Friday, February 3, 2023

Everything is Personal, or Should Be, by Josh Stallings

Q: Now that 2022 is well and truly "in the books" (!) did you learn any business tips you can pass on?

A: Many years ago at Bouchercon I was asked to read at a Noir at  the Bar; I said yes. Writer’s tip #1, always say yes to readings. The bar was stacked with loudly drunk non-crime readers. The first couple of readers couldn’t be heard from five feet away. As my turn came, Tom Pluck, friend and writer extraordinaire, yelled in my ear, “Fuck the mic, be loud.” He had sussed out that the PA was garbling more than helping the readers. Tip #2, make friends with fellow writers, they will cover your back even when you don’t know you need them to. I set the mic on the bar, filled my lungs and projected into the room. Tip #3, part of a writer’s job is public speaking, if it doesn’t come naturally take some speech classes. What I didn’t know was that Scott Montgomery was in the bar. I knew of him but I’m not sure if we’d met yet. After the reading he came up to me and complimented my work. I thanked him, and gave him a copy of my book. Tip #4, always carry copies of your work and give them away. Scott has since become a good friend, he knows more about crime fiction than almost anyone I know. For many years he was head honcho of Mystery People, a book store inside Austin’s massive Book People. He hand sold over two hundred copies of TRICKY. I have been honored to do events in Texas with Scott and the likes of Terry Shames, Joe R. Lansdale and many others. 

For us writers who haven’t become household names, we need to make the personal outreach. Wether in a bar, from a panel stage, or at a bookstore we need to reach readers, intrigue them, make them cry or laugh. To do this we need to be our genuine selves. Life is full of hucksters and pitch monsters. They fill our phones with their robocalls and texts. We are immune to their sales tactics. Readers are smart critical thinkers, so I always try to be myself. Both when I’m “pitching” and when I’m writing. My personal view of the world, my odd syntax, my open hearted hard man is unlike anyone else's.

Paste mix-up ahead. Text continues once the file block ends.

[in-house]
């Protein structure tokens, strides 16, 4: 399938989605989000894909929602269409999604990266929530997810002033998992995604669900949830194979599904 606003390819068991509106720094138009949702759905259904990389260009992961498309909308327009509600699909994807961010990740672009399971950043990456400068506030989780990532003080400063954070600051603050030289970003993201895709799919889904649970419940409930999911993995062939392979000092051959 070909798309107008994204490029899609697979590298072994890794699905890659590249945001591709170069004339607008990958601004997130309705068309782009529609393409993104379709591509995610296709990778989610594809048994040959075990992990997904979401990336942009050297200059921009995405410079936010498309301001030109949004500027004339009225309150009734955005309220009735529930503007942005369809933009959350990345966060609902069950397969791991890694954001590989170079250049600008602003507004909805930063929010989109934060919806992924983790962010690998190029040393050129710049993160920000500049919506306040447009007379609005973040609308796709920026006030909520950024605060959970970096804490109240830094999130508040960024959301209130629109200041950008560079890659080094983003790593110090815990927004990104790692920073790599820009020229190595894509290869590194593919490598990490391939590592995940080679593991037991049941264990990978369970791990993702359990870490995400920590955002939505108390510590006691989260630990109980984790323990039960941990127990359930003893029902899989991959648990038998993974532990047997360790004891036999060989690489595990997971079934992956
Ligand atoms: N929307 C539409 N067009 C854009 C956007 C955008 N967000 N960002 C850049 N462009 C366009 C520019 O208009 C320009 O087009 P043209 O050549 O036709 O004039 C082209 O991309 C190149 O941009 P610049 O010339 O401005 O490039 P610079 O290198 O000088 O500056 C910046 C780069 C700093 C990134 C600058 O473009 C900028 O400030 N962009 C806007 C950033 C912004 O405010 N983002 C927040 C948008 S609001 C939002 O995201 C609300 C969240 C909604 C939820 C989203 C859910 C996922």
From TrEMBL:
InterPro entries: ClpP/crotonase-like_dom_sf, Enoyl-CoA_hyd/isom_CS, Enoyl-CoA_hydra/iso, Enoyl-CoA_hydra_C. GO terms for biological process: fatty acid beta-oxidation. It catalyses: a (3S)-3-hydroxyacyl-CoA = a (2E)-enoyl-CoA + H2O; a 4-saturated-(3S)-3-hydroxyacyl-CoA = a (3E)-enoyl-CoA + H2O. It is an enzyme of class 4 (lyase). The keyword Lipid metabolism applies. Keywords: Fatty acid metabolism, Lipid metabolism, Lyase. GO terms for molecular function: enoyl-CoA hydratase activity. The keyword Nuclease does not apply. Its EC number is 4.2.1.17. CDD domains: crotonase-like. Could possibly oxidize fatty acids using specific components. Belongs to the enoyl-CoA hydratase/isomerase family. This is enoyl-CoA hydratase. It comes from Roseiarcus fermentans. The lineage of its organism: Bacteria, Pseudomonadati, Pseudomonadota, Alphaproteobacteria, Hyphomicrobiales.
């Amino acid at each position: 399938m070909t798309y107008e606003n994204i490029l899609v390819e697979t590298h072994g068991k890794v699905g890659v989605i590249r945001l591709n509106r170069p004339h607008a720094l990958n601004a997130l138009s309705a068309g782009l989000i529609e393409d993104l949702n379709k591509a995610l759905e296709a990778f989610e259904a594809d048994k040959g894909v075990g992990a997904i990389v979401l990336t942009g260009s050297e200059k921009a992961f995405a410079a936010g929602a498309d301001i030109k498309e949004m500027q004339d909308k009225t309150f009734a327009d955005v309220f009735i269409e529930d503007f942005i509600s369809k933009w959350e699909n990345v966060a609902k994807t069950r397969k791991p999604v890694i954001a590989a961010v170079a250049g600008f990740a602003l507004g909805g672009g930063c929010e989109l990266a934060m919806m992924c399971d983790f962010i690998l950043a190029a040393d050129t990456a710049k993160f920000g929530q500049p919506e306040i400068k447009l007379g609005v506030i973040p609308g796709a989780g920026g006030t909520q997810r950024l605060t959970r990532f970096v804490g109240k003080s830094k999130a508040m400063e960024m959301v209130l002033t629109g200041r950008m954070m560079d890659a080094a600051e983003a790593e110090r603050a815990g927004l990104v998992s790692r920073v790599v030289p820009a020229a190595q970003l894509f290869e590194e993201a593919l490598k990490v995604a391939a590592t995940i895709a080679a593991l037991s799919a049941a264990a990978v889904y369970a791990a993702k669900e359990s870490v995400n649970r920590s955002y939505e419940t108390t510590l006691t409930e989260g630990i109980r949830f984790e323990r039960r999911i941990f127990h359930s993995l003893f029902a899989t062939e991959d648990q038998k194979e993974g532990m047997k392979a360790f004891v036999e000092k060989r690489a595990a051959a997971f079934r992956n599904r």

Ideas are easy. Find your voice. Own it. Your  approach will ultimately set you apart from others.

NOTE: I feel like we toss writerly words around without knowing if we all agree on their meaning. When I say VOICE, I mean more than word choice or short or long sentences. How we write is part of voice, but what we write about, how we feel about the world is a huge part of a writer’s voice. Part of my writing time is spent stringing words together, and part of my day is spent thinking about the world I’m writing about. The hardest part about writing Tricky was all the interviews I did and the nonfiction books I read to come to an understanding of how I felt about the current state of policing in America.

Last tip; I often think when in the middle of a book, if I get hit by a train tomorrow will I be glad I spent my final days working on this book? If not then I dig deeper. The book I chose to write isn’t wrong, I just haven't discovered the true heart of it yet. 

What does this last part have to do with business tips? 

Um, everything. Agents, editors, publishers and most importantly readers scour the shelves for pages that will move them. We all want to discover something new yet familiar, unique and yet universal. That begins with the writer’s voice and passion.

Don’t waste any more time trying to understand the market. Dig deeper. Discover your corner of the quilt and get to stitching.


Anonymous said...

I think I will take this personally. :)

Susan C Shea said...

Dig deeper - that's so fundamental. Thanks, Josh, for nagging me a bit!

Catriona McPherson said...

This is the perfect advice to round off the week. Back to what matters most of all.